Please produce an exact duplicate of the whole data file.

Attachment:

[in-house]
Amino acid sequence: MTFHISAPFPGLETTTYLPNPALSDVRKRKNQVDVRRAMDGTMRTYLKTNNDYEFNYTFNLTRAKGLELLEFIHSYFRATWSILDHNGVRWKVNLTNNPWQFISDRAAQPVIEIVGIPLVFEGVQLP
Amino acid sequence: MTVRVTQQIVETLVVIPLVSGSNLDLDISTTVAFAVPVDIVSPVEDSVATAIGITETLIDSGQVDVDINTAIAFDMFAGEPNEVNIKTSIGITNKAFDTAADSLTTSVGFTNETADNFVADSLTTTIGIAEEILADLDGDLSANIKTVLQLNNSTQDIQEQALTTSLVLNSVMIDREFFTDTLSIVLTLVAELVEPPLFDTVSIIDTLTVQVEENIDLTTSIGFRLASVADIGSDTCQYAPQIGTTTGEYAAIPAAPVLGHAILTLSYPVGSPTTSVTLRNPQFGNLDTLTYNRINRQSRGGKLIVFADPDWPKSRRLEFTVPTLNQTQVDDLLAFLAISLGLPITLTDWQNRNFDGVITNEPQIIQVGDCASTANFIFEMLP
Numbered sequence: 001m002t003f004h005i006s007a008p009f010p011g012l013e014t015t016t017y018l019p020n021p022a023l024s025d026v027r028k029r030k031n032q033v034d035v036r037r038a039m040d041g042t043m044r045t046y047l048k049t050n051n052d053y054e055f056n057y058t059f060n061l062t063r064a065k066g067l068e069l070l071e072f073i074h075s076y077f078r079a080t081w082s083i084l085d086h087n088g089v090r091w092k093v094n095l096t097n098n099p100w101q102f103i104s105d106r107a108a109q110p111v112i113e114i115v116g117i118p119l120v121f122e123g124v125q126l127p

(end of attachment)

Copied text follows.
[in-house]
Amino acid sequence: MTFHISAPFPGLETTTYLPNPALSDVRKRKNQVDVRRAMDGTMRTYLKTNNDYEFNYTFNLTRAKGLELLEFIHSYFRATWSILDHNGVRWKVNLTNNPWQFISDRAAQPVIEIVGIPLVFEGVQLP
Amino acid sequence: MTVRVTQQIVETLVVIPLVSGSNLDLDISTTVAFAVPVDIVSPVEDSVATAIGITETLIDSGQVDVDINTAIAFDMFAGEPNEVNIKTSIGITNKAFDTAADSLTTSVGFTNETADNFVADSLTTTIGIAEEILADLDGDLSANIKTVLQLNNSTQDIQEQALTTSLVLNSVMIDREFFTDTLSIVLTLVAELVEPPLFDTVSIIDTLTVQVEENIDLTTSIGFRLASVADIGSDTCQYAPQIGTTTGEYAAIPAAPVLGHAILTLSYPVGSPTTSVTLRNPQFGNLDTLTYNRINRQSRGGKLIVFADPDWPKSRRLEFTVPTLNQTQVDDLLAFLAISLGLPITLTDWQNRNFDGVITNEPQIIQVGDCASTANFIFEMLP
Numbered sequence: 001m002t003f004h005i006s007a008p009f010p011g012l013e014t015t016t017y018l019p020n021p022a023l024s025d026v027r028k029r030k031n032q033v034d035v036r037r038a039m040d041g042t043m044r045t046y047l048k049t050n051n052d053y054e055f056n057y058t059f060n061l062t063r064a065k066g067l068e069l070l071e072f073i074h075s076y077f078r079a080t081w082s083i084l085d086h087n088g089v090r091w092k093v094n095l096t097n098n099p100w101q102f103i104s105d106r107a108a109q110p111v112i113e114i115v116g117i118p119l120v121f122e123g124v125q126l127p